New Study Shows Autistic Youth Vulnerable to Alcohol Dependence

New Study Shows Autistic Youth Vulnerable to Alcohol Dependence

By John Lavitt 06/13/14

Those with autism and ADHD symptoms were more likely to abuse alcohol.

Image: 
Shutterstock

A new research study at Washington University in St. Louis has revealed a frightening link between young people with autistic tendencies and alcohol problems.

Although drinking to intoxication tends to be a social activity that people with autistic traits would not engage directly in, they are very susceptible to abusing alcohol on their own. If a young person with autistic tendencies starts drinking on their own, the study revealed there is a definite predisposition to repeat the behavior over and over again. Such a predisposition to repetitive behaviors is what makes alcohol consumption, particularly to excess, so dangerous for autistic youth.

Funded by the National Institute on Drug Abuse (NIDA), the National Institute of Mental Health (NIMH), and the National Institute of Health (NIH), the study involved 3,080 twins from Australia. In numerous interviews about the challenges of social interactions for the twins, it became apparent there also existed a predisposition to alcohol dependence and other potential addictive disorders.

Participants in the study were given surveys to determine any symptoms relating to attention-deficit and hyperactivity disorder. The surprising findings revealed that those with more ADHD symptoms were more likely to abuse alcohol than others. Findings also revealed that those with autistic traits who drank were less likely to drink socially or even to the point of intoxication.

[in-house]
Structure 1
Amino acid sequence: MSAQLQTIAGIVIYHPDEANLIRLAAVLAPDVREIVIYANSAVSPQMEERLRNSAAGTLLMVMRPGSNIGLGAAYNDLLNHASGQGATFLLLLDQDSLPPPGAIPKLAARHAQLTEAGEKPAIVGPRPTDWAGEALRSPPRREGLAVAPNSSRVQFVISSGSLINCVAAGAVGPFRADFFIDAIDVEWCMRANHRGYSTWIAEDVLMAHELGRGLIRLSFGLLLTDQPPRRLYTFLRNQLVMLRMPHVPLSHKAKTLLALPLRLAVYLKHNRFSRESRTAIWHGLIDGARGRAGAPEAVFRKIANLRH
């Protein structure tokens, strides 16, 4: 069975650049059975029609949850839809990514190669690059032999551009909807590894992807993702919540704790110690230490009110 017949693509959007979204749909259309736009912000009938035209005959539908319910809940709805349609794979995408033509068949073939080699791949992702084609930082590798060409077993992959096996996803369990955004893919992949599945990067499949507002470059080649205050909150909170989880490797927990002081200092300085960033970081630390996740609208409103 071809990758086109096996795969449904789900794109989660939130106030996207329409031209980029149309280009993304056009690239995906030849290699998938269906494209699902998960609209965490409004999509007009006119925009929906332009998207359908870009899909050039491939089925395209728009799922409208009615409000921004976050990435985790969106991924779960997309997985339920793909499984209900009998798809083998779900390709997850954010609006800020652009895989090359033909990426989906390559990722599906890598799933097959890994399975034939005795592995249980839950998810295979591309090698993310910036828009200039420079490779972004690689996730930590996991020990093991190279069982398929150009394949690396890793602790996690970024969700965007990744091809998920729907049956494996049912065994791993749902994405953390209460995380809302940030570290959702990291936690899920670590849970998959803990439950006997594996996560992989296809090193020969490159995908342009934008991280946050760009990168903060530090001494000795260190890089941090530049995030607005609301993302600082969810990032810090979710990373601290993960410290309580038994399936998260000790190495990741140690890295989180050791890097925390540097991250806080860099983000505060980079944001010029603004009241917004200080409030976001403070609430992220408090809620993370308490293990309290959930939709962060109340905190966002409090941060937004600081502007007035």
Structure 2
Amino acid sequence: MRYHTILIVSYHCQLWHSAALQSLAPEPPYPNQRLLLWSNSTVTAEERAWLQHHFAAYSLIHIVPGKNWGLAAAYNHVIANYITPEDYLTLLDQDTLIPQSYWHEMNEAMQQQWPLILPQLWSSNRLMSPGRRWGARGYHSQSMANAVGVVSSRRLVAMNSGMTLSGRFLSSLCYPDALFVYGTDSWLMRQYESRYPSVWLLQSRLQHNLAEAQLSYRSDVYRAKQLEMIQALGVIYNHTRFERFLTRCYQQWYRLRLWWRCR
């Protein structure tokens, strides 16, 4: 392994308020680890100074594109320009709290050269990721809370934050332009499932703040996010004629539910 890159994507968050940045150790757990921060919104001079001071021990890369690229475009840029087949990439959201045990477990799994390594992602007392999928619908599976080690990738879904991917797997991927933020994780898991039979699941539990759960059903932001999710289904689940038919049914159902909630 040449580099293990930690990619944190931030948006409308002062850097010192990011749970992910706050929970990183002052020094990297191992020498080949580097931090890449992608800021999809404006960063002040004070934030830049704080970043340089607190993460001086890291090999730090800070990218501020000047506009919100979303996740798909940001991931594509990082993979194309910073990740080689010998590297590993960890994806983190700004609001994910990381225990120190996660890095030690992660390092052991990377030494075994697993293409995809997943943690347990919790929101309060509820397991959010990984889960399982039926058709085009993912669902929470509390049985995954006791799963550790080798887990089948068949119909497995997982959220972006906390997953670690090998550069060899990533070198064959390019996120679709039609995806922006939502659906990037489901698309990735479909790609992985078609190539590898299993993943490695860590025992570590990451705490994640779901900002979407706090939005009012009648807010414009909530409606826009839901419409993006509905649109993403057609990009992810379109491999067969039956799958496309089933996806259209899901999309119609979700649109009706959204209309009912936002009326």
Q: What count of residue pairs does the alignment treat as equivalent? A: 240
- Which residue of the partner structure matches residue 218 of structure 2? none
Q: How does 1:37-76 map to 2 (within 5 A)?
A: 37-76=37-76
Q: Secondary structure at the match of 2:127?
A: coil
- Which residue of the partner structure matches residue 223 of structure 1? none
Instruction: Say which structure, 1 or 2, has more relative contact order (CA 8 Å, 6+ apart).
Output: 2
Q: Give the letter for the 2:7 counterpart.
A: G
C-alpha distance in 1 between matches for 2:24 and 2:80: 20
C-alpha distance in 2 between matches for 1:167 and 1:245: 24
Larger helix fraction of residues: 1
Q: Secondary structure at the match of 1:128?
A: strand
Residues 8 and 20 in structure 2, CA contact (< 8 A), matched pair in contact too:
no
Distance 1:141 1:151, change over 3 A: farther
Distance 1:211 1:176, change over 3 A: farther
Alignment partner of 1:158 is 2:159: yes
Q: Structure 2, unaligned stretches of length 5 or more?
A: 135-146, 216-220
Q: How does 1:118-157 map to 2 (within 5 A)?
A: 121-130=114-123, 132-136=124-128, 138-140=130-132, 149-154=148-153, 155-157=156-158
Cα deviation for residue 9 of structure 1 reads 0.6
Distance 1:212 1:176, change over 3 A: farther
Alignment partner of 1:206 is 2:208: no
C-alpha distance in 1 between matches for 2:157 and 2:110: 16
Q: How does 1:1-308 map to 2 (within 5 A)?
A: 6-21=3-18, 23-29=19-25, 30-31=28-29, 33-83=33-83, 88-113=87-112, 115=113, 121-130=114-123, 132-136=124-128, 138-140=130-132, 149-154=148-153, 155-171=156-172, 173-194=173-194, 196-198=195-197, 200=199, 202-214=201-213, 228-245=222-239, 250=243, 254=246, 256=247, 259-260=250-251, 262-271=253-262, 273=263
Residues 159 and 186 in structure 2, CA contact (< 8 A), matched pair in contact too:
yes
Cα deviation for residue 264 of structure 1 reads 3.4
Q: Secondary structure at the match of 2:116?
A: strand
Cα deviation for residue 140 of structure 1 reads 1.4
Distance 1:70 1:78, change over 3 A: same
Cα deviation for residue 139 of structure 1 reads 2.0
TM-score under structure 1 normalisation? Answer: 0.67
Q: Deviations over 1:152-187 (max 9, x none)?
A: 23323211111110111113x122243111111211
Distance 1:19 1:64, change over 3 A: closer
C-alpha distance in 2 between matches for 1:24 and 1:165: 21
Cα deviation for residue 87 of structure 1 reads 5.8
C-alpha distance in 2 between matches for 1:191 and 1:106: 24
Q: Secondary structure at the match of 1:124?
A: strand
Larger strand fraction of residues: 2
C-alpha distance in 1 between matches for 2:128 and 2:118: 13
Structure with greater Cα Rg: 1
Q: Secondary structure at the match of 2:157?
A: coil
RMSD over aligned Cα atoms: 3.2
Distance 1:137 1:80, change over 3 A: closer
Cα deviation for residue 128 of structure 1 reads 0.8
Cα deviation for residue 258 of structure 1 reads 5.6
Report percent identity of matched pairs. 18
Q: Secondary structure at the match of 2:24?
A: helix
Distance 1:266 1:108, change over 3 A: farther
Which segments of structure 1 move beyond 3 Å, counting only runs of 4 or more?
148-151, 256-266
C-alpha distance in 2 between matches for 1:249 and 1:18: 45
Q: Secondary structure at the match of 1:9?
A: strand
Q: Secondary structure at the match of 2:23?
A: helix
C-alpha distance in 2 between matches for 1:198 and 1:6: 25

If the young people with autistic tendencies did drink, however, given a natural bent toward ongoing repetition typical of autism, they immediately were at an increased risk for long-term alcohol dependence and even alcoholism. The percentage of alcohol-dependent subjects among those with six or more autistic traits was 35 percent. What is surprising is that smaller, clinical studies have reported very low rates of drinking and substance use in people with autistic tendencies.

First author Duneesha De Alwis, PhD, a postdoctoral fellow in the Department of Psychiatry, described the upcoming goals of the ongoing project. "In future research, we want to look at how individual traits - like repetitive behaviors or being withdrawn socially - may influence risk. It could be that some traits related to autism are protective, while others elevate the risk for alcohol and substance-abuse problems.”